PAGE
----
The state, as well as Riverside County, is reviewing and developing ordinances and regulations for California’s future cannabis industry. Last month, the State Water Resources Control Board approved a set of policies to protect stream flow and water quality in areas where cannabis will be cultivated.

Commercial cannabis cultivation is expected to grow significantly in the state and will need plenty of water. Cultivation will spread to new areas of California following the adult-use legalization this coming January.

“We are establishing the environmental protection rules of the road needed to deal with the expected expansion of cannabis cultivation statewide,” said State Water Board Chair Felicia Marcus in a press release. “… action creates a strict set of rules cannabis cultivators will need to follow in order to protect water quality and quantity. We will work closely with other state agencies to make sure cultivators are aware of these rules and are following them.”

The SWRCB policy will require both a permit and a water right. The water quality permit will be called Statewide General Order for Cannabis Cultivation Activities (Cannabis General Order). The permit or General Order will authorize the discharge of waste, which is the result of cannabis cultivation (indoors or outdoor), into streams and creeks. A personal-use exemption will be available if the disturbed land is less than 1,000 square feet.

The water right is referred to as a Cannabis Small Irrigation Use Registration.

The permit will have two tiers; less than an acre, and equal to or greater than an acre. A fee will be imposed based on the site complexity and threat to water quality.

The state permit will address various issues. In its release, the SWRCB listed the following areas to be considered when issuing a cannabis General Order Permit: streams and wetland management; water diversion, storage and use; irrigation runoff; land development and maintenance; land erosion control and drainage features; soil disturbance; stream crossing installation and maintenance; fertilizer, chemical and soil use, and storage; cultivation-related waste disposal; refuse and human-waste disposal; and winterization (preparing post-harvest lands for adverse winter-weather conditions).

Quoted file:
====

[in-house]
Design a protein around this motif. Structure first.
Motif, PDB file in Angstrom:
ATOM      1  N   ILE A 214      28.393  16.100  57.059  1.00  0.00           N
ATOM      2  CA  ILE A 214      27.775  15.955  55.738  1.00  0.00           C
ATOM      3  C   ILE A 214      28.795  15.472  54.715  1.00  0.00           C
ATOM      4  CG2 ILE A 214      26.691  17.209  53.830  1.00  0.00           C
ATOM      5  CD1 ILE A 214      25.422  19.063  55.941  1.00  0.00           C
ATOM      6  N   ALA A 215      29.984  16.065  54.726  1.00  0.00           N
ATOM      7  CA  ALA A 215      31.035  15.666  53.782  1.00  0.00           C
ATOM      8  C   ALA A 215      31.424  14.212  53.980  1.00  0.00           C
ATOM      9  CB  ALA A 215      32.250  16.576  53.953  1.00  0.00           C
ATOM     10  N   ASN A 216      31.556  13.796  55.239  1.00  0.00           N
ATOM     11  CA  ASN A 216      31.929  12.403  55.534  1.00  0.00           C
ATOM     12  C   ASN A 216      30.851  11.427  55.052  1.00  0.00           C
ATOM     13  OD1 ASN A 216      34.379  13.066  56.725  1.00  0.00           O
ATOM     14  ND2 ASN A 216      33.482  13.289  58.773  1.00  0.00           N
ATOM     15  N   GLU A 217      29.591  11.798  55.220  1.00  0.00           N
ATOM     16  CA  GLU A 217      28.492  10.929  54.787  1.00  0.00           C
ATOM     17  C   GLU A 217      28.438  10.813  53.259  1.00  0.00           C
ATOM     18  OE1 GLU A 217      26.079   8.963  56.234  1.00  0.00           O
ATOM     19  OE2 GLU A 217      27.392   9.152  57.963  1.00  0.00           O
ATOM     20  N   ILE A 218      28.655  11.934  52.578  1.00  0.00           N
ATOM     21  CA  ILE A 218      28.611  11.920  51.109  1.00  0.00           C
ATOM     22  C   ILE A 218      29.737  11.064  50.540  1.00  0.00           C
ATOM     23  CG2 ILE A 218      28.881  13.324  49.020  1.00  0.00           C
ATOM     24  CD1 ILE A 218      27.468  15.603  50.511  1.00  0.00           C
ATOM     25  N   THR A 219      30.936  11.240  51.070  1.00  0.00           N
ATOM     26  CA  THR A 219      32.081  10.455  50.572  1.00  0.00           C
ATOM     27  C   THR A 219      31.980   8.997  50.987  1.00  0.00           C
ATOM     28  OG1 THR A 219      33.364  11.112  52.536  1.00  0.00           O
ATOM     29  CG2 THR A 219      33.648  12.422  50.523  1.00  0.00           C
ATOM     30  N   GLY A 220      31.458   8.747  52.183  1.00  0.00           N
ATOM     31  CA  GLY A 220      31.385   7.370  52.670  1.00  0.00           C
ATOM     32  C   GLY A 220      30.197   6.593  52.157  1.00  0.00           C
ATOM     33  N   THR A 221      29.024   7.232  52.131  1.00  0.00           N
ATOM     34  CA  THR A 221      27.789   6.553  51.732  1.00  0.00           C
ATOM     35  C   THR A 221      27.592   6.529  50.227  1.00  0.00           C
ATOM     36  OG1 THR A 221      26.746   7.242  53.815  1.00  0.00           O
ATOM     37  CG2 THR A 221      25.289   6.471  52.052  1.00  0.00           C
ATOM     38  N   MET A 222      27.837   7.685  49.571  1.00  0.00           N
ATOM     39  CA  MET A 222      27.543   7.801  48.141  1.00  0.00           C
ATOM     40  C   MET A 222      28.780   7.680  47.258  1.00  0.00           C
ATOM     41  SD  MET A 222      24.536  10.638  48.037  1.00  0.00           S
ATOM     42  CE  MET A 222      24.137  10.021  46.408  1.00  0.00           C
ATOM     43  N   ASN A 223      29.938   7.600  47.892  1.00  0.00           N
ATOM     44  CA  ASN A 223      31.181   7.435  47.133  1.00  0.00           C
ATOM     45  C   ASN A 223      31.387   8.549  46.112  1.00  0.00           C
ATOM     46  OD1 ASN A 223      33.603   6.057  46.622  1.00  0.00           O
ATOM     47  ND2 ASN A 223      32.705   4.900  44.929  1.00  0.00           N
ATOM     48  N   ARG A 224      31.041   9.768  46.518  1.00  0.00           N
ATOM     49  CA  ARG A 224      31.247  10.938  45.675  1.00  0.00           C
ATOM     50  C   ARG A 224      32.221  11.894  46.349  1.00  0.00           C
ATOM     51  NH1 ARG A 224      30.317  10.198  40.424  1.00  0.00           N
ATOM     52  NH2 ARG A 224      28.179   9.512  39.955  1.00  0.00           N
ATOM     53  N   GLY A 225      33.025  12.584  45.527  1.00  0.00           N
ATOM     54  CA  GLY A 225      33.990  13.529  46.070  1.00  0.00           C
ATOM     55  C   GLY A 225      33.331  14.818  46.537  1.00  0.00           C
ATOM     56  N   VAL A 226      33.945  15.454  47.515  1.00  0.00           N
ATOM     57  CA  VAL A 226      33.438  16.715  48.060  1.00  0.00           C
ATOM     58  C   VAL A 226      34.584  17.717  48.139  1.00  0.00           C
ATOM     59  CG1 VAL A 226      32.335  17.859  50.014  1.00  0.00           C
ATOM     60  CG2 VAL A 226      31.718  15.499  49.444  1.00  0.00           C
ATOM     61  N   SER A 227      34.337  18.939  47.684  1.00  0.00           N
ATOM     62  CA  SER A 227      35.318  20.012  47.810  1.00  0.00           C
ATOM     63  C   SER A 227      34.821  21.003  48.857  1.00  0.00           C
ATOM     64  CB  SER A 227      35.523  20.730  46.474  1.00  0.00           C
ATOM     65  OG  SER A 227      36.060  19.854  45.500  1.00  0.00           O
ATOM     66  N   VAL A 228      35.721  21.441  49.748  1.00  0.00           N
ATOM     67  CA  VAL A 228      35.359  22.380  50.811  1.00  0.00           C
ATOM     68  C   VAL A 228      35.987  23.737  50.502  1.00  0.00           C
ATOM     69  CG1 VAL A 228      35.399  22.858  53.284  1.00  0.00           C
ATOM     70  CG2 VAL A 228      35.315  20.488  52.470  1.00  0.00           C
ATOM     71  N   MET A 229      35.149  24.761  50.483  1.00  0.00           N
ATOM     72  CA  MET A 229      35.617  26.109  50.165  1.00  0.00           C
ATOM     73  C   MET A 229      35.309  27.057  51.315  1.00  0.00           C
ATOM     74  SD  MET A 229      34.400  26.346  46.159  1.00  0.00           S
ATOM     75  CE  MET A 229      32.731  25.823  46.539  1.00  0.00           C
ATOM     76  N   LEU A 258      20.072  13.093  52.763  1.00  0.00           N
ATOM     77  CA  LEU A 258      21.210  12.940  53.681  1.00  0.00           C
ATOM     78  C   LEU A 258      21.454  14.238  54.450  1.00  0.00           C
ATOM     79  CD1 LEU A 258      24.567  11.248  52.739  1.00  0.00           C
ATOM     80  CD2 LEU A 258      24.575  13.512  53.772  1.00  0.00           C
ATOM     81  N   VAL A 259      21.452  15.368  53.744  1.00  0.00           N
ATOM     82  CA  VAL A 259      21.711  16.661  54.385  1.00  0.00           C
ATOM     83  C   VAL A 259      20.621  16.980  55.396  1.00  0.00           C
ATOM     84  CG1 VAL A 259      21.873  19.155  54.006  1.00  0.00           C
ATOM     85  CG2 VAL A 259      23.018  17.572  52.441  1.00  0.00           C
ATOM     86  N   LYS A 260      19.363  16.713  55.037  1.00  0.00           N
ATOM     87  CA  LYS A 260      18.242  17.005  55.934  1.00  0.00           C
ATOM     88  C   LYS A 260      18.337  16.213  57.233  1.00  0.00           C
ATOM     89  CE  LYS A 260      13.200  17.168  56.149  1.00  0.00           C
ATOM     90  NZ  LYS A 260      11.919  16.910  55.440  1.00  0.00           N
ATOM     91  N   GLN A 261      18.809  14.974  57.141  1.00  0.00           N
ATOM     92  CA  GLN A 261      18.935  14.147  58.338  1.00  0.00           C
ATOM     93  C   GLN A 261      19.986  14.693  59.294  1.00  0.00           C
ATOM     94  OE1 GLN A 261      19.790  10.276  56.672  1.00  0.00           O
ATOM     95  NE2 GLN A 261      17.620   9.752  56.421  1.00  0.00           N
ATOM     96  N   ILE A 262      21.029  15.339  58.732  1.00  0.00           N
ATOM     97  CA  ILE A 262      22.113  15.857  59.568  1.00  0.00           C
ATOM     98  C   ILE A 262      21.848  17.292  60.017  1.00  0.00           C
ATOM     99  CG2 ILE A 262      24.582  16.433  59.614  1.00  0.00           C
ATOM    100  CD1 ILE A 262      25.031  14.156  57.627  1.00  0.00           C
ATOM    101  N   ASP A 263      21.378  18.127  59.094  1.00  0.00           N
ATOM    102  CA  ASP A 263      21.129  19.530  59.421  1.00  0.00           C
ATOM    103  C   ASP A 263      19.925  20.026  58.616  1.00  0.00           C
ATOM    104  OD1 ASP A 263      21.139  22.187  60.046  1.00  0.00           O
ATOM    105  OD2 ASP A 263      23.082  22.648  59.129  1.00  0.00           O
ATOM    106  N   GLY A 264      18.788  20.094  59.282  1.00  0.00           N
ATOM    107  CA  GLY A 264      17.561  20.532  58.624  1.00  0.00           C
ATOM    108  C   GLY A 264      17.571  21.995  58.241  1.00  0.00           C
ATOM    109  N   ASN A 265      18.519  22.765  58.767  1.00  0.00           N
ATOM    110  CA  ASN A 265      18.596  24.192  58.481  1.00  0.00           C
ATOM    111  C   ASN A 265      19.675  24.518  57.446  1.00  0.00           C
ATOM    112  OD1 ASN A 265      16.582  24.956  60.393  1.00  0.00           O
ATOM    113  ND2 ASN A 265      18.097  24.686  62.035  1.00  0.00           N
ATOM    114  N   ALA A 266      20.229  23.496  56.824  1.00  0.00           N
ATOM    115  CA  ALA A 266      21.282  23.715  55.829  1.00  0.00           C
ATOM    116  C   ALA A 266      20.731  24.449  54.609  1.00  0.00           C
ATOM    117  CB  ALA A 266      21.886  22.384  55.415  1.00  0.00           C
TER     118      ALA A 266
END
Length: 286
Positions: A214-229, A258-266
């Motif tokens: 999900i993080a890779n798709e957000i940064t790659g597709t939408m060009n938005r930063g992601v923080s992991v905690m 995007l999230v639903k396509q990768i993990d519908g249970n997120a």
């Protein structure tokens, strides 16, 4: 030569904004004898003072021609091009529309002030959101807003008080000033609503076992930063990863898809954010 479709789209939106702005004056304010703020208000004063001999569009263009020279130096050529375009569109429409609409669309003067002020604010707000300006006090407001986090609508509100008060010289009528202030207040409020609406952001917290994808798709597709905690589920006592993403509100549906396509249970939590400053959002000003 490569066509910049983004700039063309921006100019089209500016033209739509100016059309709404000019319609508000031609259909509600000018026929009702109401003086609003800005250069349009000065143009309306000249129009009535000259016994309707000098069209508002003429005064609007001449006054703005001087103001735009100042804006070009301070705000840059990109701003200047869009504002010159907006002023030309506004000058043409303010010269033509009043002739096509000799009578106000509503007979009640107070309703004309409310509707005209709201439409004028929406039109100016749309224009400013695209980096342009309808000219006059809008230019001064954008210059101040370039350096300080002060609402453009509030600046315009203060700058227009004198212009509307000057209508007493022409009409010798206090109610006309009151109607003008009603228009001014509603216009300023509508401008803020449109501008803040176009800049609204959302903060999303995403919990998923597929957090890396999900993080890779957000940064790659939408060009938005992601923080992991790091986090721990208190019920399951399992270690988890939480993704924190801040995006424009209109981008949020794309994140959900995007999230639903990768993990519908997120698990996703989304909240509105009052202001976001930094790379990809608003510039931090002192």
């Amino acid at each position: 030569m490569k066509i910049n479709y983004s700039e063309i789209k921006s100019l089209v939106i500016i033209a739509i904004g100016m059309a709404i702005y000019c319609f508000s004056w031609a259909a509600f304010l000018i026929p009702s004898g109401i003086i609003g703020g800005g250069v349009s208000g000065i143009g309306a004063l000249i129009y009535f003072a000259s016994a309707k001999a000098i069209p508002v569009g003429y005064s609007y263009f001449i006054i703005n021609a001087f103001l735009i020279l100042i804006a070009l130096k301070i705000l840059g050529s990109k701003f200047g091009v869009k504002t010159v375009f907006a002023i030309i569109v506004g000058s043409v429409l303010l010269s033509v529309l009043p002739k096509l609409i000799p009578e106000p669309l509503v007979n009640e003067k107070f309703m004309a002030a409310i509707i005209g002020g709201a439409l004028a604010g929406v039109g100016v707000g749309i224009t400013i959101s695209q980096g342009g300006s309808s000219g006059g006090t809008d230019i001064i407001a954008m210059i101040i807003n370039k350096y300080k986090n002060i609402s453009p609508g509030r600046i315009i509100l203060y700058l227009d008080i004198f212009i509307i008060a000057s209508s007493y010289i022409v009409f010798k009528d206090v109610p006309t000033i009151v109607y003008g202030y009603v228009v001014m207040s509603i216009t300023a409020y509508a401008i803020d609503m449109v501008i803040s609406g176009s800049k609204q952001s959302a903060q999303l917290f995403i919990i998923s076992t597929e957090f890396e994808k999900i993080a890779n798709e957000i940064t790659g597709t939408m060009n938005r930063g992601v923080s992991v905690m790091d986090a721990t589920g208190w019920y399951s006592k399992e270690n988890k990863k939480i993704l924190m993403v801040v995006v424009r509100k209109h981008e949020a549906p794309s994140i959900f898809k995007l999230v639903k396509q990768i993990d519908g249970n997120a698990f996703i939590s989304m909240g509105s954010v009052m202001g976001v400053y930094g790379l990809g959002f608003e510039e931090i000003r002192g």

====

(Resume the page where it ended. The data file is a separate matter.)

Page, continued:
Besides discharge into public waterways, the policy also addresses water diversion. There will be conditions and review to ensure cannabis cultivation does not affect stream flows needed for fish, and maintains and protects aquatic habitat and resources.

According to the SWRCB release, the agency will monitor and protect stream flow through the review of the following measures: maximum allowable diversion rates; minimum amount of water that must be left in the stream; no diversion during dry season; groundwater pumping restrictions, if necessary, to protect surface flows; and water conserving irrigation methods.

The policy will become effective after its approval by the state’s Office of Administrative Law, which is expected later this year.

Other Cannabis regulation

Last week, California Department of Tax and Fee Administration announced that individuals planning to sell cannabis or cannabis products after Jan. 1, 2018, must register with the CDTFA for a seller’s permit.

Cannabis cultivators, processors, manufacturers, retailers, microbusinesses and distributors who make sales will be required to obtain and maintain a seller’s permit as a prerequisite for applying for a license with the Bureau of Cannabis Control, the Department of Food and Agriculture, or the Department of Public Health.

According to the CDTFA press release, registration may be done on its website.

Also, distributors of cannabis and cannabis products must also register with the CDTFA for a cannabis tax permit, which is separate from a seller’s permit. The tax permit will be used to report and pay the two new cannabis taxes to the CDTFA starting in January 2018.

Registration for the cannabis tax permit will be available on November 20, 2017.

Cannabis taxes

As of Jan. 1, buyers of cannabis and cannabis products will pay a 15-percent excise tax, which retailers will be required to collect.

The second tax will be imposed on the cultivation of cannabis that enters the commercial market. Cultivators will be required to pay the tax to either a distributor or manufacturer depending upon the nature of the transaction. The cultivation tax rates are $9.25 per dry-weight-ounce of cannabis flowers, and $2.75 per dry-weight-ounce of cannabis leaves.

As Riverside County considers, if it will regulate cannabis businesses within the county, a separate county tax is part of these deliberations.

Individuals who operate a cannabis business that does not make taxable sales will need to obtain a certification letter from the CDTFA indicating their business does not require a seller’s permit.